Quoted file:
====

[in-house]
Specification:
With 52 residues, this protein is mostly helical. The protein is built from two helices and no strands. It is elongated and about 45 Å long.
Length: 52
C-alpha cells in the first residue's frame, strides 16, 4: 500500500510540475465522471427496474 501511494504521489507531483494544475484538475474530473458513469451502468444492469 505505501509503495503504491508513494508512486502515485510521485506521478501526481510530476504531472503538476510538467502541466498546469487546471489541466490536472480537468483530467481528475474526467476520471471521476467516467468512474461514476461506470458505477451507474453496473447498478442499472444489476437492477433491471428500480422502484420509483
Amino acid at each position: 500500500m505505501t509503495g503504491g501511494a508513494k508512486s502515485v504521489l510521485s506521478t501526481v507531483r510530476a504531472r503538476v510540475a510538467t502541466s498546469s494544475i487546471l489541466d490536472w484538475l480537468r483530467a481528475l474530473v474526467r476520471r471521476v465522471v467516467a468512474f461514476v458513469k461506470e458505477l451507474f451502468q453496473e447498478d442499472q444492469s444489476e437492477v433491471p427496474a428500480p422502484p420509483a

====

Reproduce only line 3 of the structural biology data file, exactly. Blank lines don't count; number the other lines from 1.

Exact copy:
With 52 residues, this protein is mostly helical. The protein is built from two helices and no strands. It is elongated and about 45 Å long.